Peta to buy Canada Goose shares in effort to stop firm using coyote fur

Animals used for fur can endure 'long, excruciating deaths in steel traps', director of the charity says

Ben Chapman
Thursday 16 March 2017 12:41
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Wearing coyote masks and business suits and waving signs against Canada Goose and their use of fur, PETA members  gather outside the New York Stock Exchange
Wearing coyote masks and business suits and waving signs against Canada Goose and their use of fur, PETA members gather outside the New York Stock Exchange

Up-market coat retailer Canada Goose is set to go public on Thursday in a $240m (£195.5m) float, but animal rights activists are determined to spoil the party.

People for the Ethical Treatment of Animals (Peta) wants to be first in line to snap up enough shares so that it can be admitted to Canada Goose’s shareholder meetings.

The group will then pressure Canada Goose to stop using coyote fur on their jackets, which it says is unethical.

“The fur on Canada Goose jackets comes from coyotes, who can endure a long, excruciating death in steel traps,” Peta associate director Elisa Allen said in a statement this week on the group’s website.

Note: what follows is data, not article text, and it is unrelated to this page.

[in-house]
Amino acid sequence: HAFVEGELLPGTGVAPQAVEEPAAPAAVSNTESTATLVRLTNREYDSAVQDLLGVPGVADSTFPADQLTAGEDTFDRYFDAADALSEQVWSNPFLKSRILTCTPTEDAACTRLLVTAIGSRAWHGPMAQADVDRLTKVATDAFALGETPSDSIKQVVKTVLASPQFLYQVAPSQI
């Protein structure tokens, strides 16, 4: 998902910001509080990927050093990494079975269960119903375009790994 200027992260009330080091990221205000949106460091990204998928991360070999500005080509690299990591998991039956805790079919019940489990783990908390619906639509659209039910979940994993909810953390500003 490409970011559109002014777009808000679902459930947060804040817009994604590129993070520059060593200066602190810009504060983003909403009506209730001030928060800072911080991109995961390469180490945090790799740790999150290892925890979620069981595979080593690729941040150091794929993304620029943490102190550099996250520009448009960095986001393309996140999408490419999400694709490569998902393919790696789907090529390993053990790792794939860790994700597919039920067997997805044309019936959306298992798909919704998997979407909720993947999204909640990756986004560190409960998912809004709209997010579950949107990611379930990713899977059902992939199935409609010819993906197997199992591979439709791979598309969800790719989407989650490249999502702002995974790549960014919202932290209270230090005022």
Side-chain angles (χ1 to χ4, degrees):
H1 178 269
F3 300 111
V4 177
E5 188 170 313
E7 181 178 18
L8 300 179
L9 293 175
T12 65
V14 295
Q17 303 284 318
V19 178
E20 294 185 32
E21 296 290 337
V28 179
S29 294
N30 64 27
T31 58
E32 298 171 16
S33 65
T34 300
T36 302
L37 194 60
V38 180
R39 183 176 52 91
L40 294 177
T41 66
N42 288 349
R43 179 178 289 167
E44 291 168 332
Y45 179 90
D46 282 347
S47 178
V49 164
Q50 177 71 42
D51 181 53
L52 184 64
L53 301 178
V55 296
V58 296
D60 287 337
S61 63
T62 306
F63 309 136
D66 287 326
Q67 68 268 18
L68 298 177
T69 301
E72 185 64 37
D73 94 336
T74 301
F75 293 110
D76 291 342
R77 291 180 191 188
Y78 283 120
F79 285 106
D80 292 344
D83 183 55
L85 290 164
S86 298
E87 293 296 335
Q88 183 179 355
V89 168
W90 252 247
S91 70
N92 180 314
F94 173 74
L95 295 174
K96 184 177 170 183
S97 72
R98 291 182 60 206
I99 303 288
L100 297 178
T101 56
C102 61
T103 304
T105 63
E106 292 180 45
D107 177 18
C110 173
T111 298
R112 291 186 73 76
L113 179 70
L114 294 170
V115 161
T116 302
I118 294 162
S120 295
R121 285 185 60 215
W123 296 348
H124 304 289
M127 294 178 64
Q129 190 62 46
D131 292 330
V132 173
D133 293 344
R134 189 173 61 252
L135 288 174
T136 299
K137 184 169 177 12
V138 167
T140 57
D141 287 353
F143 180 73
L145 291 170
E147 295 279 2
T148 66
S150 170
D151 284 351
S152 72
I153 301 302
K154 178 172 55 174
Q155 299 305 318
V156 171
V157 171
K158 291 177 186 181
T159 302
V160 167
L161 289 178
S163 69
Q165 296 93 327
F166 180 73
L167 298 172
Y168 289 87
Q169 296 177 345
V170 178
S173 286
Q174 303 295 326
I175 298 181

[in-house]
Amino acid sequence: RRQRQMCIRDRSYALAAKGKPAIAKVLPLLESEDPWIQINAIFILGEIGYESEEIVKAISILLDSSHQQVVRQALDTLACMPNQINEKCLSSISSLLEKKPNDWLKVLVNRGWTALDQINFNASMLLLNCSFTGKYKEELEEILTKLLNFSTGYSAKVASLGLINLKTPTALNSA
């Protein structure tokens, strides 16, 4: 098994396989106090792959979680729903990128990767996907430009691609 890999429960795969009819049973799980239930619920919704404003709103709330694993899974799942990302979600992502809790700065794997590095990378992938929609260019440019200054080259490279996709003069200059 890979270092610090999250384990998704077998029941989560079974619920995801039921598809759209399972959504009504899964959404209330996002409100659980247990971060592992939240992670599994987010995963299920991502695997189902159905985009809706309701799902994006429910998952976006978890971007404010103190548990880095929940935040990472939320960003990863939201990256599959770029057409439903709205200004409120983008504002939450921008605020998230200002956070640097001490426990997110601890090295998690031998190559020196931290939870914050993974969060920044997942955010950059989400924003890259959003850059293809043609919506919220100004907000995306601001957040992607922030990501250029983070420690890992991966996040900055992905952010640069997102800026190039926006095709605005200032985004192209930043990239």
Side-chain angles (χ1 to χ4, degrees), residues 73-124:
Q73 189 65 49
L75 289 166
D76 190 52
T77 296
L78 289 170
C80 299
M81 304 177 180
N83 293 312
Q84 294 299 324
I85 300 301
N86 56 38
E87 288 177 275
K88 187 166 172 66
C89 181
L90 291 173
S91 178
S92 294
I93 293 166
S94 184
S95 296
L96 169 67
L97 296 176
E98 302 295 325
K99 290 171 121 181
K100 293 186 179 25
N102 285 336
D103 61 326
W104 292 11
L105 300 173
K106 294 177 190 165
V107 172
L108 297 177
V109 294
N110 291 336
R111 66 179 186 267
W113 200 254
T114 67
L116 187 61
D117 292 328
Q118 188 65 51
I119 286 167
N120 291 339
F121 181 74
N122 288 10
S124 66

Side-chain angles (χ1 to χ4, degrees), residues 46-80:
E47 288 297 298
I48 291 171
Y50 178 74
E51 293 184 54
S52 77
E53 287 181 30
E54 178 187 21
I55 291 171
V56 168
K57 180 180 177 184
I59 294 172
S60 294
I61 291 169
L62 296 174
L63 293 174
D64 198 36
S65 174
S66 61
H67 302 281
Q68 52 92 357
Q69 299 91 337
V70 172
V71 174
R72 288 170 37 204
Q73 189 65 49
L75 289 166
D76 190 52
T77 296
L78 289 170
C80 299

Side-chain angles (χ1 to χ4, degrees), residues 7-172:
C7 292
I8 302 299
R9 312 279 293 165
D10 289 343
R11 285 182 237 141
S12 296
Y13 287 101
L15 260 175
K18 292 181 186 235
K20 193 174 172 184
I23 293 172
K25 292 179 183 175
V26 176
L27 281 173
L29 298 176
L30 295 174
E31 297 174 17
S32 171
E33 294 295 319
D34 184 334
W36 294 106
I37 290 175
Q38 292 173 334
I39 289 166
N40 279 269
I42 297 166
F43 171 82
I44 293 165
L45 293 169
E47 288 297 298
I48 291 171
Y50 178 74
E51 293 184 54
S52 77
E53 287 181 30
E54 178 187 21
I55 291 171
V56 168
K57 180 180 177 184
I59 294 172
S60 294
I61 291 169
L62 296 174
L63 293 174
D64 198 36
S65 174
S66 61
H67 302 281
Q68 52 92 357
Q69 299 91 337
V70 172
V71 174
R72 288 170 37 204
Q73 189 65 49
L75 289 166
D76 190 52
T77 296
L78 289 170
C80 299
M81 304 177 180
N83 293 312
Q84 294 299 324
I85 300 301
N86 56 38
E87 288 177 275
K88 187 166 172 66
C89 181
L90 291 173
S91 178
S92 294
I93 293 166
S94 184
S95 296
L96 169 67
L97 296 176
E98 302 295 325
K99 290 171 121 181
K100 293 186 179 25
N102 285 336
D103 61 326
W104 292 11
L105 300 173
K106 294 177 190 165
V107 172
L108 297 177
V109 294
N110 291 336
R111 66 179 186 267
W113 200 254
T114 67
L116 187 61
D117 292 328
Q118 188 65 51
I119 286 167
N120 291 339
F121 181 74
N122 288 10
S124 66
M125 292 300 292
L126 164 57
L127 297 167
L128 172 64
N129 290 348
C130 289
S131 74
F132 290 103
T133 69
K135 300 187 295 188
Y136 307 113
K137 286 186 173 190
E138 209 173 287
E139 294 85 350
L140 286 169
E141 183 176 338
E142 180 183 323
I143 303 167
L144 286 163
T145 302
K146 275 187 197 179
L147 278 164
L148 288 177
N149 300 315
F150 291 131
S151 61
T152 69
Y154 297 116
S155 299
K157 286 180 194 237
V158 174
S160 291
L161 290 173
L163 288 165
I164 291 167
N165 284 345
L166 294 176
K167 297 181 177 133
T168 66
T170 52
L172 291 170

“Anyone who buys or sells one of the company’s fur-trimmed jackets is responsible for these animals’ suffering.”

Peta staged a protest in Knightsbridge on Tuesday where department stores Harvey Nichols and Harrods sell Canada Goose outerwear. Wearing a replica Canada Goose jacket, a Peta model stood in a “bloody” steel trap to illustrate the plight of the coyotes.

Buying stakes in companies to influence their policies is nothing new for Peta, which has a history of shareholder activism dating back to 1987.

More recently, after buying Seaworld stock when it went public in 2013, Peta brought in actress Jessica Biel to ask the company at its AGM when it would stop holding killer whales in captivity. The company has since changed its policy and is phasing out its killer whale show.

Peta has also bought shares in Hermès, Prada and, its most-recent purchase, LVMH, according to statements on its website. It has put the designer brands in the spotlight for their treatment of crocodiles and alligators, which are farmed for their skin to make expensive handbags, belts and shoes. A recent exposé showed the animals are confined to tiny pits and that they are sometimes cut into while still alive.

Canada Goose claims that the use of animal products is a necessity rather than a luxury in its hard-wearing coats, which are designed to stand up to extremely tough conditions.

“We understand and respect that some people think animal products should never be used in any consumer products, but we do not share that view,” a statement on the company’s website says.

“We are committed to providing full transparency about how we make our products, including the ethical sourcing and responsible use of animal products.”

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